This is an introduction to a series about 5 common types of drains flies. I will be adding more information on each one over the next month. First never assume that your problem started indoors. Proper identification is necessary in some situations. To identify them you will need to catch one on a piece of tape or any other method that does not destroy what you are going to ID. A magnifying glass and flashlight will help you to get a closer look to make a positive ID.

Some of the flies like to breed on fresh moist decaying matter (fruit, vegetables, moist soil) like fruit and others types may prefer more advanced stages of decay(sewage, dead animals, rotten vegetation). In most cases flying and mating occur more in the evening hours. Under optimum conditions, population growth is explosive.

The only effective method to eliminate them is by removing or treating their breeding sites. Trying bleach, hot water, or ammonia is ineffective because the majority of the larva will still survive. Four of the five drains flies generally (unless you have a break in your sewer line or pipe leaking under the house for examples) do not start from your drains, so early detection of them and removal of their breeding sites may be done immediately to prevent an infestation.

As far as trying to reduce the number of fliers a good fogger or spray with the active ingredient pyrethrin is a great knock down and regarded a generally safe product.

The life cycle of the four types of small filth breeding flies range anywhere from 5 to 25 days. Generally, if you have had them in your establishment 5 days or more indicates that they have already found a breeding site.

In prevention of drain flies it is essential to remove breeding sites immediately to prevent infestation when you first see a couple of any of them. By covering your drains and keeping them covered so they can’t reach this breeding site and removal of other breeding sites for anywhere for a few days will help to ensure that they can’t reproduce in your drains and die off by breaking the life cycle before you get an infestation.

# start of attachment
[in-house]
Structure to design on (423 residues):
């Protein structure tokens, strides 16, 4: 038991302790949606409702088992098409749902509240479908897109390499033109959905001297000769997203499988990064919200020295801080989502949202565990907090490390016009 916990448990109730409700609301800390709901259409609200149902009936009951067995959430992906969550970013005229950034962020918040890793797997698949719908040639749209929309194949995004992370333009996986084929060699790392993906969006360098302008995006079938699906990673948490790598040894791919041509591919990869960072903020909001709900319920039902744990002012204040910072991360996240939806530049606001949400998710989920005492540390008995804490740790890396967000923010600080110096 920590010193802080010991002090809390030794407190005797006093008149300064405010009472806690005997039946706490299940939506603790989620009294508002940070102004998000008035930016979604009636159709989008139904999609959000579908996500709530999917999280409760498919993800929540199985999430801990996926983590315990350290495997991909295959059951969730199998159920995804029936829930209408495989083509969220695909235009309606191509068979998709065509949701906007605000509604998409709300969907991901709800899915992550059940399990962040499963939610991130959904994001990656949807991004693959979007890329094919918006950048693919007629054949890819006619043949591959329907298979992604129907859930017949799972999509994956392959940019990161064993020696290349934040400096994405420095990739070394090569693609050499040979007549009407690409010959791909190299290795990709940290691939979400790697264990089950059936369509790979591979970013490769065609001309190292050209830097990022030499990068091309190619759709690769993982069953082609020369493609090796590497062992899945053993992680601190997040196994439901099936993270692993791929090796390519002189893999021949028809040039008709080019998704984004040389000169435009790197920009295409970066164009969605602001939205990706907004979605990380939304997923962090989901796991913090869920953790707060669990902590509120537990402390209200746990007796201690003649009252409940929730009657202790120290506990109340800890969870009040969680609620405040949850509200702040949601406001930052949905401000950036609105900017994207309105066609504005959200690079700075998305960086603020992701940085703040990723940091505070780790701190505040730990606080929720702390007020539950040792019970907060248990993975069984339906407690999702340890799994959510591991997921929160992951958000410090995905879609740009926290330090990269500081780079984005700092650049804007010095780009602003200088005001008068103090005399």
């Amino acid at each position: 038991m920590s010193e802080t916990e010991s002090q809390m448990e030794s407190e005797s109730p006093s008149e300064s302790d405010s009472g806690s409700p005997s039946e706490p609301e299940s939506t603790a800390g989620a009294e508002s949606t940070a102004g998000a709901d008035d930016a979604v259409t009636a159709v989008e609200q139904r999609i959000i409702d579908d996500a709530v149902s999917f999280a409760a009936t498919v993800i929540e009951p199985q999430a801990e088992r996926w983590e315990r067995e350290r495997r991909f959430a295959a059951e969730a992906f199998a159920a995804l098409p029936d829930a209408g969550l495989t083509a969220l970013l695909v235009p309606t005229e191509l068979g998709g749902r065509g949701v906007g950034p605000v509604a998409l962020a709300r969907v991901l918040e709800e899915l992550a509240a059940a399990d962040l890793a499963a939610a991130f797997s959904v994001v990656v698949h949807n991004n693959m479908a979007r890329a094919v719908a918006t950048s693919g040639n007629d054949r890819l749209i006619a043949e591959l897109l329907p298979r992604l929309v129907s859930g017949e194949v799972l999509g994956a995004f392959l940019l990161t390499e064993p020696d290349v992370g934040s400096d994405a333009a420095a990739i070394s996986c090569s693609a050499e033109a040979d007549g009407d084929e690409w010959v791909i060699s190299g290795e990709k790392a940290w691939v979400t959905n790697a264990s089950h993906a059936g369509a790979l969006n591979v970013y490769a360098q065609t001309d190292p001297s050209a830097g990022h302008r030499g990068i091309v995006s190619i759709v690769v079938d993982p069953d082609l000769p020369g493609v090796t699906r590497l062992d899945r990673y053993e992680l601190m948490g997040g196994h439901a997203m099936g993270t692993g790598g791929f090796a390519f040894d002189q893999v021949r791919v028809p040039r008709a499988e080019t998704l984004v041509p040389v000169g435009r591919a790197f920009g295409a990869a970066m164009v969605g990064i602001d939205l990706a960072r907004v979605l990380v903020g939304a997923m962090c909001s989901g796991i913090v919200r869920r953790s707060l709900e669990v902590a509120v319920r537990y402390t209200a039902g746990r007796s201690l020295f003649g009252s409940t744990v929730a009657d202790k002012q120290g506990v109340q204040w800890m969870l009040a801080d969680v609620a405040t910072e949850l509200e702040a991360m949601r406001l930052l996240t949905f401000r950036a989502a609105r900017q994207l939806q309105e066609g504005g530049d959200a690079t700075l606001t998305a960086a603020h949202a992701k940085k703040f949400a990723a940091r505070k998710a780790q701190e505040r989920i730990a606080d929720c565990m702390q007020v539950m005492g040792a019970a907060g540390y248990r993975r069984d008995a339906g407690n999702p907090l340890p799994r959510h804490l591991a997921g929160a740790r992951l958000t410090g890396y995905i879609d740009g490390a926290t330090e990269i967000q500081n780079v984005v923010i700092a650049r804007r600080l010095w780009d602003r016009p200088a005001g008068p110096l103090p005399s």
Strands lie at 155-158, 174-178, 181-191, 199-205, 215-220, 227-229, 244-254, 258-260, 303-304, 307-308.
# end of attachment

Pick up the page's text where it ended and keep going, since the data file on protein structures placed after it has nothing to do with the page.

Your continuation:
Generally they will startup in either the kitchen or bathroom. A good indication that you have an infestation is when they appear in both rooms and have been around for 5 days or more. Normal process is to treat these areas for 5-7 nights in a row before bedtime while eliminating the other breeding sites at the same time to break their life cycle. The red and dark-eyed fruit flies, moth fly, fungus gnat, and Phorid (humpback or coffin) fly are the 5 most common types of small filth breeding drain flies.

  • Red-Eyed fruit fly– Light brown with bright red eyes. They are active fliers and generally start with fruits or vegetables and are attracted to apple cider or balsamic vinegar.
  • Dark-eyed fruit fly– Dark colored with dark eyes. They are active fliers and generally start with fruits and vegetables and are attracted to beer, wine, and breads, and moist cat food. More advanced stages of decomposition are preferred than the red-eyed fruit fly.
  • Phorid fly– Light brown and humped back no cross veins on their wings and tend to run before they take flight. Prefer advanced stages of decay and could start from outside. A fly sex attractant on a glue stick works well to catch them.
  • Dark-Winged Fungus gnat– Tan to dark in color, dark eyes, dark wigs, and mosquito like in appearance. They are active fliers. They generally start with plants and are attracted to the color yellow.
  • Moth (Drain) Fly– Brown to black, hairy wings and bodies, roof like wings (not laid back) and are poor fliers. These generally indicate poor drainage or a sewer line break. They leave a leave a powdery residue when squashed. They are attracted to light.

As you can see not all drains flies are treated the same. One thing they all have in common is that in order to eliminate an infestation the key is to remove or treat All of their breeding sites. If the problems still persists after one week then this probably means that all of the breeding sites where not found, improper, incorrect chemical use or the treatment process was not consistent at all breeding sites.

Sanitation and exclusion is your best prevention. Proper identification of what you are dealing with and using the right products in the right areas at the right time is your cure.



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